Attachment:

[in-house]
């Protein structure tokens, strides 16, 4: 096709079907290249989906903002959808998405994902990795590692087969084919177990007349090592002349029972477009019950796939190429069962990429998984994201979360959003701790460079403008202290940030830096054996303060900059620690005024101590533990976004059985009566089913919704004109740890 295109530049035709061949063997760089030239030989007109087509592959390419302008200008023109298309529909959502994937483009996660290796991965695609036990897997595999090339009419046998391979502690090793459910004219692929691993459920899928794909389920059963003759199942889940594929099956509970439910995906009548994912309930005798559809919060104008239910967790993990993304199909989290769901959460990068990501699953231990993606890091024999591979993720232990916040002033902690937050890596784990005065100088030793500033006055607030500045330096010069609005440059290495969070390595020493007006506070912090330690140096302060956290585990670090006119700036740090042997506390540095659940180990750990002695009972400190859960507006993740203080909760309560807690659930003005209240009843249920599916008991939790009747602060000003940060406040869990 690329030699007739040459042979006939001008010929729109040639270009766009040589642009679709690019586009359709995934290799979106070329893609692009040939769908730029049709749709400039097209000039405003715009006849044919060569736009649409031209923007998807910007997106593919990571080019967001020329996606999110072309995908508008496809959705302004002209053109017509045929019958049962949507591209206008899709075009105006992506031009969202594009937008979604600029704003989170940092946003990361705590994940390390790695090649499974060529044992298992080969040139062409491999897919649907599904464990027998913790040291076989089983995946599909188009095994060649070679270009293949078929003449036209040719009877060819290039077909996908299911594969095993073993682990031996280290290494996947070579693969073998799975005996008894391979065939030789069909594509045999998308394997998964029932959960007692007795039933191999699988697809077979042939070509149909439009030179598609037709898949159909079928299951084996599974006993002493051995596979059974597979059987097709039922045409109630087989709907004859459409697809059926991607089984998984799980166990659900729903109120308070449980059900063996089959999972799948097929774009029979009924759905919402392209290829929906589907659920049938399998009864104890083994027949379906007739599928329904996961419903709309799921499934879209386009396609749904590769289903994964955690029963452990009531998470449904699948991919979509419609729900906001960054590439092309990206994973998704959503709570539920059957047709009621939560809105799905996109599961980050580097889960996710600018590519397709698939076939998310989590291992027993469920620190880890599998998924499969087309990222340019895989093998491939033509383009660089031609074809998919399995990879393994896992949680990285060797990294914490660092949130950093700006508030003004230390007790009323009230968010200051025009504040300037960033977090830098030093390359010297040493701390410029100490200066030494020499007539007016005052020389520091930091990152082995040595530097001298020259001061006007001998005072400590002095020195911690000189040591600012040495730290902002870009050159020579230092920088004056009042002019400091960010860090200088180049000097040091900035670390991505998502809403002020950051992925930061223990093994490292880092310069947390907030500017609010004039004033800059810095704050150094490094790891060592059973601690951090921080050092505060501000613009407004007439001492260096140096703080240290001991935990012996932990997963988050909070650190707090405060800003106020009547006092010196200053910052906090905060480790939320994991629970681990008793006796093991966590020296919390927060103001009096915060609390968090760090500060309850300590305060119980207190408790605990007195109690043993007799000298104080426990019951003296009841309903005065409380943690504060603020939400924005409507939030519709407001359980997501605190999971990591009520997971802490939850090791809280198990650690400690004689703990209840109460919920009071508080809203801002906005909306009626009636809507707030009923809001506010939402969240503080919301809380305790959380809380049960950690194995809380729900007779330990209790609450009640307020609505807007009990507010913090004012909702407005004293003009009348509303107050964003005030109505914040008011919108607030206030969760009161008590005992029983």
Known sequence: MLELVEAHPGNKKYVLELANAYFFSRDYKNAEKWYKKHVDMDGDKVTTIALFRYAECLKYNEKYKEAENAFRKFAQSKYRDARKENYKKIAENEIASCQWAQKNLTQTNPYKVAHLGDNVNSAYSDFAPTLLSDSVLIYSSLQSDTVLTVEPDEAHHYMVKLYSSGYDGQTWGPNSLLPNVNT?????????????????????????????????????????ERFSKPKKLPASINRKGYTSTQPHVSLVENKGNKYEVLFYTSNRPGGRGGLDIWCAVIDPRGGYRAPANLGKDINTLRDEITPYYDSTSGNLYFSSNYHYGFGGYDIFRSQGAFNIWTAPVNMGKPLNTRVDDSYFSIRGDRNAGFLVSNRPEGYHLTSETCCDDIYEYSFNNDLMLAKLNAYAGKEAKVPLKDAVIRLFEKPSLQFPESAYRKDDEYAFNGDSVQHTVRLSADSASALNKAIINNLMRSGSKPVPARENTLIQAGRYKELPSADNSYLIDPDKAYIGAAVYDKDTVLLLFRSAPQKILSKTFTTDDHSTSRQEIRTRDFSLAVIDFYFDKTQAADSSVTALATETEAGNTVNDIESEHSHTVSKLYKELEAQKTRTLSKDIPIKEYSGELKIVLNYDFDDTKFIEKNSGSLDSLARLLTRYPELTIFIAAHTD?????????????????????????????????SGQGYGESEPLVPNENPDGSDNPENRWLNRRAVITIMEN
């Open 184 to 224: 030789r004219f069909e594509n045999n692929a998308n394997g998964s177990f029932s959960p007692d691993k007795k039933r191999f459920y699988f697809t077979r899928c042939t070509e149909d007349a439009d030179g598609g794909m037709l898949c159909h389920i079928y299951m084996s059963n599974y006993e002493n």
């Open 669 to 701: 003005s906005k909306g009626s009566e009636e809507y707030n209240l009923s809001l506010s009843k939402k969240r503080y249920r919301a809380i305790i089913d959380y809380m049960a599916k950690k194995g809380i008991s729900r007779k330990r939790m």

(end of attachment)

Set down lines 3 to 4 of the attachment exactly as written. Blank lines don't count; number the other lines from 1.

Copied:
Known sequence: MLELVEAHPGNKKYVLELANAYFFSRDYKNAEKWYKKHVDMDGDKVTTIALFRYAECLKYNEKYKEAENAFRKFAQSKYRDARKENYKKIAENEIASCQWAQKNLTQTNPYKVAHLGDNVNSAYSDFAPTLLSDSVLIYSSLQSDTVLTVEPDEAHHYMVKLYSSGYDGQTWGPNSLLPNVNT?????????????????????????????????????????ERFSKPKKLPASINRKGYTSTQPHVSLVENKGNKYEVLFYTSNRPGGRGGLDIWCAVIDPRGGYRAPANLGKDINTLRDEITPYYDSTSGNLYFSSNYHYGFGGYDIFRSQGAFNIWTAPVNMGKPLNTRVDDSYFSIRGDRNAGFLVSNRPEGYHLTSETCCDDIYEYSFNNDLMLAKLNAYAGKEAKVPLKDAVIRLFEKPSLQFPESAYRKDDEYAFNGDSVQHTVRLSADSASALNKAIINNLMRSGSKPVPARENTLIQAGRYKELPSADNSYLIDPDKAYIGAAVYDKDTVLLLFRSAPQKILSKTFTTDDHSTSRQEIRTRDFSLAVIDFYFDKTQAADSSVTALATETEAGNTVNDIESEHSHTVSKLYKELEAQKTRTLSKDIPIKEYSGELKIVLNYDFDDTKFIEKNSGSLDSLARLLTRYPELTIFIAAHTD?????????????????????????????????SGQGYGESEPLVPNENPDGSDNPENRWLNRRAVITIMEN
């Open 184 to 224: 030789r004219f069909e594509n045999n692929a998308n394997g998964s177990f029932s959960p007692d691993k007795k039933r191999f459920y699988f697809t077979r899928c042939t070509e149909d007349a439009d030179g598609g794909m037709l898949c159909h389920i079928y299951m084996s059963n599974y006993e002493n």